Given this development, there has been an explosion of blogs, books and other resources in various countries that are devoted to the topic. Recently, IBS Impact was invited to review one of the newest books, The Everything Guide to the Low-FODMAP Diet: A Healthy Plan for Managing IBS and Other Digestive Disorders by Barbara Bolen, PhD and Kathleen Bradley, CPC (Adams Media: 2014).
Dr. Bolen is a psychologist and health coach in private practice in the Long Island region of New York, and a health writer with particular interest and experience in IBS and other GI conditions. For many years, she has been the IBS Guide for About.com. She is also the author of Breaking the Bonds of Irritable Bowel Syndrome: A Psychological Approach to Regaining Control of Your Life (New Harbinger Publications: 2000) based on cognitive behavioral therapy techniques shown to be effective for many people with IBS. She is co-author, with Jeffrey D. Roberts, of IBS Chat: Real Life Stories and Solutions (iUniverse: 2007). Ms. Bradley is a recipe developer, consultant, and certified professional coach whose writing has appeared in various health, food, and cooking publications. She has also disclosed on the book’s website and for related media articles that she is a person with IBS who has successfully reduced her symptoms with the low-FODMAP diet.
The Everything Guide to the Low-FODMAP Diet is 288 pages long. Similar to Dr. Bolen’s About.com blog, it is written in a scientifically accurate but non-technical language that is easily accessible to most readers who may not have a scientific background. Throughout the book, points or common questions considered particularly important are set off from the main text in shaded boxes to catch the reader’s attention. The table of contents and index are clearly laid out to make it easy to find specific topics quickly, and the fonts are relatively readable, with the section headings throughout the book in a larger, bolder typeface than the rest of the text.
The first chapter includes a brief overview of the digestion process and the nature of IBS and a fuller discussion of the meaning of the acronym FODMAP, what foods fall into each of the categories, how some or all of them, according to research, may cause increased symptoms for many people with IBS, and the theory behind removing or reducing them in one’s diet. The authors mention hydrogen breath testing, for which some researchers have disputed the level of accuracy, SIBO (small intestine bacterial overgrowth), which appears to coexist with some cases of IBS, but is still controversial as to how it relates to IBS, “leaky gut,” which is similarly still debated, and fiber, which, for many years, doctors considered a first recommendation for IBS, but many people with IBS report actually exacerbates their symptoms.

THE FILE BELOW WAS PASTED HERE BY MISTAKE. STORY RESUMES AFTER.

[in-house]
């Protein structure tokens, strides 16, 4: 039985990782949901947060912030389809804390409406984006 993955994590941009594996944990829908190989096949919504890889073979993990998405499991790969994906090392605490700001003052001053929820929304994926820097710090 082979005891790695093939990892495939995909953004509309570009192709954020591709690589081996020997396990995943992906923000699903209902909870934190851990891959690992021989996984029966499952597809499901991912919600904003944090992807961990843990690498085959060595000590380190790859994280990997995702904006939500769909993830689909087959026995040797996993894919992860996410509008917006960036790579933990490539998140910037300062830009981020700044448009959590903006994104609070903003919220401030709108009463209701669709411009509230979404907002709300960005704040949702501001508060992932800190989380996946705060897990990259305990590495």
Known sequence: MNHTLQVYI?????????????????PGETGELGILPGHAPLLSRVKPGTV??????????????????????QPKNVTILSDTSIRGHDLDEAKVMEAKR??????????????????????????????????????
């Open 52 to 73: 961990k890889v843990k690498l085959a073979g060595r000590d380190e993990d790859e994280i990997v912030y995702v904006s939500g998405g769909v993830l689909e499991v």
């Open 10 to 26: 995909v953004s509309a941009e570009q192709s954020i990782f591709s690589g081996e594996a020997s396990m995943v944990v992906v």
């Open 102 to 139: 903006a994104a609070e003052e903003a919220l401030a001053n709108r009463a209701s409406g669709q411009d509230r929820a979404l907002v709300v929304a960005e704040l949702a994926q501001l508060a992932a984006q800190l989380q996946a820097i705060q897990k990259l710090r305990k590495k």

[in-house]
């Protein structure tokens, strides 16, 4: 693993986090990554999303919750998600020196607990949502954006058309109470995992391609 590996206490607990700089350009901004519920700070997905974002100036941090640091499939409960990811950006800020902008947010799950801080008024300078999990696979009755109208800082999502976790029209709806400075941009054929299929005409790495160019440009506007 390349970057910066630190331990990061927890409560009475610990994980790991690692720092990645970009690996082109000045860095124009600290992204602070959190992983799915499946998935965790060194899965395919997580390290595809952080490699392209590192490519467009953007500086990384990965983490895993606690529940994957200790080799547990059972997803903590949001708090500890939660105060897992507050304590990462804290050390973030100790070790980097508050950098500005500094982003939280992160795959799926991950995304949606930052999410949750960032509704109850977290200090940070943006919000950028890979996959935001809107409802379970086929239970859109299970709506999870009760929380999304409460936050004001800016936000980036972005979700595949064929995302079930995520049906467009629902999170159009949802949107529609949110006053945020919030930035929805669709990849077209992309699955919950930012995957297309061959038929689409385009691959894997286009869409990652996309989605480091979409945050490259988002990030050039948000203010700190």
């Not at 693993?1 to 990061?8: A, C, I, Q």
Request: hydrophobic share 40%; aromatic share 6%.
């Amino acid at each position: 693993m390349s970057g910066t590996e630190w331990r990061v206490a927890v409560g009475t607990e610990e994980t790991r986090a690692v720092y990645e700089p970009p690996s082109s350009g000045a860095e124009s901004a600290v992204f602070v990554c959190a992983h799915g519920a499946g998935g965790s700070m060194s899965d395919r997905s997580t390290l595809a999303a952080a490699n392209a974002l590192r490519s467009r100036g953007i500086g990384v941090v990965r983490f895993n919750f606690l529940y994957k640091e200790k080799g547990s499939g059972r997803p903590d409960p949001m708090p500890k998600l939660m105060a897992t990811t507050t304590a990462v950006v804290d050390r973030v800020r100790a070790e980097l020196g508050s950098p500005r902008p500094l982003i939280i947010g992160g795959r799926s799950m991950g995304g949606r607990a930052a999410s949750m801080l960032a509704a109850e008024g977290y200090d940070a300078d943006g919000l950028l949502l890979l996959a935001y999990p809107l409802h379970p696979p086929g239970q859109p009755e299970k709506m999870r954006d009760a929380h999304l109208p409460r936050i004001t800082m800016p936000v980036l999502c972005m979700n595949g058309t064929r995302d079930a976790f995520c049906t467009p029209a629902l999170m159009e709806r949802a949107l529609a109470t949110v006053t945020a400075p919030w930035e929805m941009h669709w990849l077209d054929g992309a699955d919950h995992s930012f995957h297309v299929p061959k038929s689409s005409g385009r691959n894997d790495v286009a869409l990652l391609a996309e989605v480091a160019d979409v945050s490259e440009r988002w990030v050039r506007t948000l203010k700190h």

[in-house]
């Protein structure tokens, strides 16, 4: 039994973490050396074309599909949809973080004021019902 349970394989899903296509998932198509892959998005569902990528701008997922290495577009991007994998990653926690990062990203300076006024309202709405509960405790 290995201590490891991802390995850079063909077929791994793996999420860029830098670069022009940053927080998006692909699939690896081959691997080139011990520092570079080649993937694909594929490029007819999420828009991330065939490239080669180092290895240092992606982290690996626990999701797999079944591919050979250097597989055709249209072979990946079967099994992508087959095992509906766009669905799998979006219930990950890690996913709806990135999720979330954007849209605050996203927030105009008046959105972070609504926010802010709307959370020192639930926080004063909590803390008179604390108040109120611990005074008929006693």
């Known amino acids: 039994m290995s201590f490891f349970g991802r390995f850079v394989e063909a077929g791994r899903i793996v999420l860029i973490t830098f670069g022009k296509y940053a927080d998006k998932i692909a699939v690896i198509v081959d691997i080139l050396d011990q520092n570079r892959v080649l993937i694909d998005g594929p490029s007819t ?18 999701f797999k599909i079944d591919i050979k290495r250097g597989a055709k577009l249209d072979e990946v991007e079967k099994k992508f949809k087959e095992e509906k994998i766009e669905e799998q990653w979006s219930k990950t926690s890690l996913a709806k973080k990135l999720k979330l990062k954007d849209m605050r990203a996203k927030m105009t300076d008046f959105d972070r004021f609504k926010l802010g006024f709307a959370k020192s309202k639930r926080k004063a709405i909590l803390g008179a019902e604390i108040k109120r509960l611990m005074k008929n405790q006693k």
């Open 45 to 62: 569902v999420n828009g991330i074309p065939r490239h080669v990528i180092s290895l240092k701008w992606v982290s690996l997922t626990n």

The second chapter of the book briefly covers the differences between IBS and food allergies or genetic food intolerances, celiac disease, and non-celiac gluten sensitivity, other common types of treatment and management strategies commonly recommended for IBS, low-FODMAP for other types of digestive disorders, the pros and cons of partially following the diet if one feels one cannot stick to the full elimination of high-FODMAPs, and advice for using low-FODMAPs with children. Here, the authors caution that it is especially important to have medical supervision to ensure the child’s proper growth and development. Further discussion of youth-related issues can be found later in the book, including how to involve the child in the diet and alert other adults who may interact with the child. such as relatives, or staff at school or other activities. The authors add another caution that low-FODMAP research specifically on children and youth is less plentiful and established than with adults.
The third and fourth chapters cover preparation for and the actual phases of the diet, including shopping, accommodating the dietary preferences of others in the same household who may not need or wish to join in following a low-FODMAP diet, lists of low-FODMAP and high FODMAP foods in each category, elimination of foods, tips to increase success, step by step suggestions for the challenge phase in which one reintroduces individual foods gradually to test level of tolerance, and other possibilities and suggestions if the diet does not help.
Unsurprisingly, given Dr. Bolen’s background as a psychologist, the authors helpfully address possible emotional frustrations about IBS symptoms or restrictions on perhaps enjoyable foods, or possible slip-ups with the diet. They devote the entire fifth chapter to common sense practicalities of living on a low-FODMAP diet, such as eating out in restaurants or others’ homes, traveling, discussing the diet and/or IBS with others, minimizing extra impact of the diet on one’s food budget, the additional challenges of being a vegetarian on a low-FODMAP diet, which may restrict many traditional vegetarian staples, and as previously mentioned, children and low-FODMAPs.